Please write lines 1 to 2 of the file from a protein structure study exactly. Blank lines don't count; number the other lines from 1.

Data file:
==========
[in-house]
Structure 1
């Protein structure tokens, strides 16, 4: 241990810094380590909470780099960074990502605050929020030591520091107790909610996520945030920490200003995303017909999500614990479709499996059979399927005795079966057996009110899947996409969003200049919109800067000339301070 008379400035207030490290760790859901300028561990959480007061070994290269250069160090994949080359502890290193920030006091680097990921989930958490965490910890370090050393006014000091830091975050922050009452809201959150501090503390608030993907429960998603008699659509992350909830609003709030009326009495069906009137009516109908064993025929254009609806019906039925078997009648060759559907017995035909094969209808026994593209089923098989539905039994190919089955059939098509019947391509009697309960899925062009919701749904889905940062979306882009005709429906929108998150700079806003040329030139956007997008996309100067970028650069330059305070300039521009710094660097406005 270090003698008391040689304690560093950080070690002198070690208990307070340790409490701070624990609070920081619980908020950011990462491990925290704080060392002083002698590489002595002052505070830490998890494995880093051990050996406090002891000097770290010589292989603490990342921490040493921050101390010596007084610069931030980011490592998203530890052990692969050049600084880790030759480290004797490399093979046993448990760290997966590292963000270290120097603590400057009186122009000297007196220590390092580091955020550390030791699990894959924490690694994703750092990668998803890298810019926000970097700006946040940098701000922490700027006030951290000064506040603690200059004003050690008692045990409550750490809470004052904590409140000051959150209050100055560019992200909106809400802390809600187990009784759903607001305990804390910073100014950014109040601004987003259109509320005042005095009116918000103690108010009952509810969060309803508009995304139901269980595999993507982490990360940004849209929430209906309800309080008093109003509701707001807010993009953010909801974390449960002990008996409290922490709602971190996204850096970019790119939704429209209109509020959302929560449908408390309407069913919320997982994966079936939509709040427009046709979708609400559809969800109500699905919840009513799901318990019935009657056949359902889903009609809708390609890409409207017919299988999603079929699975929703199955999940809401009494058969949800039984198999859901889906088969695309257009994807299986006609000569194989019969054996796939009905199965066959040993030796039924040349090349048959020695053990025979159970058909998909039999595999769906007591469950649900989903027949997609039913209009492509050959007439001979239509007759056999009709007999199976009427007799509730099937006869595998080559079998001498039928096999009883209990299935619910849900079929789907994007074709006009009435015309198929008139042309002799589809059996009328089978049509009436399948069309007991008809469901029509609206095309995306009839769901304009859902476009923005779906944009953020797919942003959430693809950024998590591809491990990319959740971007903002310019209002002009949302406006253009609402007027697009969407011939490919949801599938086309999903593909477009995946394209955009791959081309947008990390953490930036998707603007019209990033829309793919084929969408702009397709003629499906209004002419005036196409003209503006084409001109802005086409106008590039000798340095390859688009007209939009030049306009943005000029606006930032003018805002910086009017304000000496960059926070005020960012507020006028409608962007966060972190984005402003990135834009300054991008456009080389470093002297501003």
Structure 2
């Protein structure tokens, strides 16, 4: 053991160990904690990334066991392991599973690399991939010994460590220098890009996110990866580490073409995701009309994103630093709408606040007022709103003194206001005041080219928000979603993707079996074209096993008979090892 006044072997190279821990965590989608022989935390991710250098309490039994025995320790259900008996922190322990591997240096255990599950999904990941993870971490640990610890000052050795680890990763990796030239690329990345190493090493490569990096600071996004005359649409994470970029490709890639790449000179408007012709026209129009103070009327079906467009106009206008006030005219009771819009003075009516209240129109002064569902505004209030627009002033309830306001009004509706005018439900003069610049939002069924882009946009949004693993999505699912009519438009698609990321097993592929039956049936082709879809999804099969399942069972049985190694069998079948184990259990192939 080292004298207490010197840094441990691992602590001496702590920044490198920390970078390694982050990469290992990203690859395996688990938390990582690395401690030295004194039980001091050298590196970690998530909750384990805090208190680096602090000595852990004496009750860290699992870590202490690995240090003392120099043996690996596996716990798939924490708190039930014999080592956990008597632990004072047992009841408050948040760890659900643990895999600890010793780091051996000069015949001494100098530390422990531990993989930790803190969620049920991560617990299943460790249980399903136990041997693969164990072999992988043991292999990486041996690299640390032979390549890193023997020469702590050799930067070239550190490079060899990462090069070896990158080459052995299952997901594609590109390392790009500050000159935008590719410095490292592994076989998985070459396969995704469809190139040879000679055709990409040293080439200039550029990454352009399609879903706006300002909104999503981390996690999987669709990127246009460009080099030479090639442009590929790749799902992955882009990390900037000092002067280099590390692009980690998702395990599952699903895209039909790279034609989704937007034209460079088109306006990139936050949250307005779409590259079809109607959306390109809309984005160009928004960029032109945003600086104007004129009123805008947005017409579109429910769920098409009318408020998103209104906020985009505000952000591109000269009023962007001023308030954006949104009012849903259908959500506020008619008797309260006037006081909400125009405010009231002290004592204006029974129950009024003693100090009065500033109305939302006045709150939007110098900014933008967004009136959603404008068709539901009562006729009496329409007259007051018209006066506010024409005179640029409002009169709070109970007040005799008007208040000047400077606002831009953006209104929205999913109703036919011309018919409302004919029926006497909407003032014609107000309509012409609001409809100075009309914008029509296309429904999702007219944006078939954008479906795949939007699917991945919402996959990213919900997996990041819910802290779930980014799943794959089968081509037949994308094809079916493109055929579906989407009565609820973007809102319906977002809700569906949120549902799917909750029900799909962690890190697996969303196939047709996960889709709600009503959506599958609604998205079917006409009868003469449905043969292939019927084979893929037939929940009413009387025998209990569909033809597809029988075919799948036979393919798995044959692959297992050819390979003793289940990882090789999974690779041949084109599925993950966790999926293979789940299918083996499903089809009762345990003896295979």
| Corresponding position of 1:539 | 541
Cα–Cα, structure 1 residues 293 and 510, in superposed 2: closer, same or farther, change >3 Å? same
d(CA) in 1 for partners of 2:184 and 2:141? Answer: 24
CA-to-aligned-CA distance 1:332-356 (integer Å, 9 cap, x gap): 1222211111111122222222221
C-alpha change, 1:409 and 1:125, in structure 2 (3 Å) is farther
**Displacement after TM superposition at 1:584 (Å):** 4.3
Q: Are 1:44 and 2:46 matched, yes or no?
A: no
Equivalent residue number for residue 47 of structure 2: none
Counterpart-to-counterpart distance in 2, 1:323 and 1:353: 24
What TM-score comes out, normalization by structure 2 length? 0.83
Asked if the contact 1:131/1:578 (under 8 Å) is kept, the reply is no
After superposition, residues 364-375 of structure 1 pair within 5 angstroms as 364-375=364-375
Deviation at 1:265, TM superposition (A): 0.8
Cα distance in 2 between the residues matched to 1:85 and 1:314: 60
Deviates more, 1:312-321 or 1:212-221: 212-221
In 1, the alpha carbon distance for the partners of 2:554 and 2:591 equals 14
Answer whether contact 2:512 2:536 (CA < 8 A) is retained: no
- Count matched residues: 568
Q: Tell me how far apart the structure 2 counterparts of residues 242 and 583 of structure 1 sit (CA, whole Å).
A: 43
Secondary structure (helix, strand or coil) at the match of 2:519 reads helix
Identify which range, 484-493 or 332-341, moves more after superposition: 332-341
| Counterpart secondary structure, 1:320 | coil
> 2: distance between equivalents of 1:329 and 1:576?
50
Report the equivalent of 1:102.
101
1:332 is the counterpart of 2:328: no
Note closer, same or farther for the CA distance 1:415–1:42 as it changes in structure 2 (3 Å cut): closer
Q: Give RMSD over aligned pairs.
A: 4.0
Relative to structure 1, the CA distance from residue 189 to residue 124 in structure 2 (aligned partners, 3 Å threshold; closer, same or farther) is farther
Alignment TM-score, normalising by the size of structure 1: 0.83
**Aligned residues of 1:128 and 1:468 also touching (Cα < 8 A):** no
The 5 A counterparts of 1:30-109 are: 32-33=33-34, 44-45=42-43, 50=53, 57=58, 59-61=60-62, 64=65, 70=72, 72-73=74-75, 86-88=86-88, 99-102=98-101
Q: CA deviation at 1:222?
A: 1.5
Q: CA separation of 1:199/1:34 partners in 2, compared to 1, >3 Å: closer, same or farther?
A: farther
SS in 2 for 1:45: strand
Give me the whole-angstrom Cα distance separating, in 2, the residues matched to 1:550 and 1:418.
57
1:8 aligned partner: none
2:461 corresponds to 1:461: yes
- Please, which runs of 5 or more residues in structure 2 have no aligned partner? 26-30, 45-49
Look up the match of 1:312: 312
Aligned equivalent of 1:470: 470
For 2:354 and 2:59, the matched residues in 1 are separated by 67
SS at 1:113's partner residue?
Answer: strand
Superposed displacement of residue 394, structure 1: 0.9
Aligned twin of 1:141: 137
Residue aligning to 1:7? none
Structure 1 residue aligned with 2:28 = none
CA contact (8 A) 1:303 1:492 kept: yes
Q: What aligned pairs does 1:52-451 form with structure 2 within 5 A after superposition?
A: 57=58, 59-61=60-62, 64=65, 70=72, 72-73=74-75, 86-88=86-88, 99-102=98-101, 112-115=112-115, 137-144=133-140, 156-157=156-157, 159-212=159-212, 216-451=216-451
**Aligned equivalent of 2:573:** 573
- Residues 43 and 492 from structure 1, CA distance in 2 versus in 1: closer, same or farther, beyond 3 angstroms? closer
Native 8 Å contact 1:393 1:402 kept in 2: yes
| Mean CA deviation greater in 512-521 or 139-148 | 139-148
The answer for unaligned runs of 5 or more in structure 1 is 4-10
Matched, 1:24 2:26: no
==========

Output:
[in-house]
Structure 1